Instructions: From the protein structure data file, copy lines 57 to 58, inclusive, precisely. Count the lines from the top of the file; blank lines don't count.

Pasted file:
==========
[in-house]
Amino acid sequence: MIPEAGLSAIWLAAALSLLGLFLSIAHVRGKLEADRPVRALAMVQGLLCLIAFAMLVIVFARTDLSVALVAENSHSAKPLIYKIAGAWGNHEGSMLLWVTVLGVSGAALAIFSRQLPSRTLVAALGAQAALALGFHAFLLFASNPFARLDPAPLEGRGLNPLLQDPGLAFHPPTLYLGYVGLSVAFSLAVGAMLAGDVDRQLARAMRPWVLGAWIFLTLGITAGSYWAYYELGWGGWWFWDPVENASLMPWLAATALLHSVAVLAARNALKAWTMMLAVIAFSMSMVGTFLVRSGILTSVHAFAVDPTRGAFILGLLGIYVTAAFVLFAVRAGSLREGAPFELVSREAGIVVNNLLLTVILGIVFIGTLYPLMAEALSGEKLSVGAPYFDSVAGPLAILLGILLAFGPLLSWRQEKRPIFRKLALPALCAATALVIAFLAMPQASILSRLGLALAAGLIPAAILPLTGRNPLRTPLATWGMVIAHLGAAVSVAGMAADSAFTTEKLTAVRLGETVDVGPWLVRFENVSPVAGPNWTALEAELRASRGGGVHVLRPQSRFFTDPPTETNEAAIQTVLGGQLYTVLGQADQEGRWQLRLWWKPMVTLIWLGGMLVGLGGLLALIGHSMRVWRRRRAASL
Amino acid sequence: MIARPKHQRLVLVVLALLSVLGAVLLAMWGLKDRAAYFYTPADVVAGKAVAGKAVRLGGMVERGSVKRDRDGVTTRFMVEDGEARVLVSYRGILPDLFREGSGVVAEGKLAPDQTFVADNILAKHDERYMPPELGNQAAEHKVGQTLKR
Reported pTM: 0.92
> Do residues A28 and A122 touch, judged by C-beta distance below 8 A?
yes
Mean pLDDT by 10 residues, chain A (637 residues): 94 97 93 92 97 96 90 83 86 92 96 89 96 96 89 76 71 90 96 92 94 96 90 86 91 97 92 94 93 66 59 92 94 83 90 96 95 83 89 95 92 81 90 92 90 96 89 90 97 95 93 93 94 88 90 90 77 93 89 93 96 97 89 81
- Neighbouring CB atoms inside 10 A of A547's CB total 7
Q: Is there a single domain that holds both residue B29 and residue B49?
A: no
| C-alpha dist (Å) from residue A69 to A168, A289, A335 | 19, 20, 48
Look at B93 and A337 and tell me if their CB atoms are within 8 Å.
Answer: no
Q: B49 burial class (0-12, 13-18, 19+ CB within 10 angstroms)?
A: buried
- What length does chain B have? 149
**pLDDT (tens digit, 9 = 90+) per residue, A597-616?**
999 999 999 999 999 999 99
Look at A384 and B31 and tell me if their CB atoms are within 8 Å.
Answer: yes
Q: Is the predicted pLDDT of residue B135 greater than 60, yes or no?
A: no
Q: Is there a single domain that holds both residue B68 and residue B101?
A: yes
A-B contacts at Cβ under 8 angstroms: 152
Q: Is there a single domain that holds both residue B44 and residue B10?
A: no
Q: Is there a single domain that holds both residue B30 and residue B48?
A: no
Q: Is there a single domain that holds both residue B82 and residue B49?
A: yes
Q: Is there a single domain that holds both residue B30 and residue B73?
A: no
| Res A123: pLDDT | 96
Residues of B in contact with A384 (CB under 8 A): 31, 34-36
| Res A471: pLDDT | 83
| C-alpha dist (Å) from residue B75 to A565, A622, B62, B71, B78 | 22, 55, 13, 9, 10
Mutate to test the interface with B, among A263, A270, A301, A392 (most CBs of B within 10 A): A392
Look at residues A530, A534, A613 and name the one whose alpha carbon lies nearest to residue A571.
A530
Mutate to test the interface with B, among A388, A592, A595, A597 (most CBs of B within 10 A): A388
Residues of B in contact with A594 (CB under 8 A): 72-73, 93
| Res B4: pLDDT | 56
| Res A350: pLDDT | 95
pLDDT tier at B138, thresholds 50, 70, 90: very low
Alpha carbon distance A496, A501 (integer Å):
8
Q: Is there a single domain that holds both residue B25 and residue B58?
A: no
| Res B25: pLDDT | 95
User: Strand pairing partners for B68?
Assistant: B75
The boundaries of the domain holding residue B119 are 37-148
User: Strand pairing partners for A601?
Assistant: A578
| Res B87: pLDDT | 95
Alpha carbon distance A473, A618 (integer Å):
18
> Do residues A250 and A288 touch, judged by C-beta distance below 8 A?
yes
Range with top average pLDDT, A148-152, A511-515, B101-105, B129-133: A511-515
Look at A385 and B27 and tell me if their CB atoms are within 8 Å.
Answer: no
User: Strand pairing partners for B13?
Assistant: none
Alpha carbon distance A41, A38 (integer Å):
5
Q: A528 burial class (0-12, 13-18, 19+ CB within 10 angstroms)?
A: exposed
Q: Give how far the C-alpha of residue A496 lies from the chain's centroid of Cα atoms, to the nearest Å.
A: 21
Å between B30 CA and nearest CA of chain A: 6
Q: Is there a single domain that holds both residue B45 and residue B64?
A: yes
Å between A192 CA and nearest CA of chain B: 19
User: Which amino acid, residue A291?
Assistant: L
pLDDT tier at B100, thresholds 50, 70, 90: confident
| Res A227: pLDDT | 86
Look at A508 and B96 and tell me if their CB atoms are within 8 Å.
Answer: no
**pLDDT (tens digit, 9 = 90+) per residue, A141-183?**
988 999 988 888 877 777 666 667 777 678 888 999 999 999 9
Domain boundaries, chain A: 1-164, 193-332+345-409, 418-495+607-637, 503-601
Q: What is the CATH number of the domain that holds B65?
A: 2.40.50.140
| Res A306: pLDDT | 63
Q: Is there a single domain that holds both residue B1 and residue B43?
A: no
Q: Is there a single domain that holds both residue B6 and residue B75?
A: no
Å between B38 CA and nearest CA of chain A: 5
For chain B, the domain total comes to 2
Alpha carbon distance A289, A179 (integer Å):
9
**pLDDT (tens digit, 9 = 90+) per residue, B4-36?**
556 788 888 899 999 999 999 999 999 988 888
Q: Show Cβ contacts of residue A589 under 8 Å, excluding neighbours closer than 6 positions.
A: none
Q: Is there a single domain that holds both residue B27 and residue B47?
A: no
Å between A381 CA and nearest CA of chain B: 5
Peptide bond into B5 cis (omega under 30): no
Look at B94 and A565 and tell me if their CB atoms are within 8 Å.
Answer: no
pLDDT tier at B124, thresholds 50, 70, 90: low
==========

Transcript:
Alpha carbon distance A473, A618 (integer Å):
18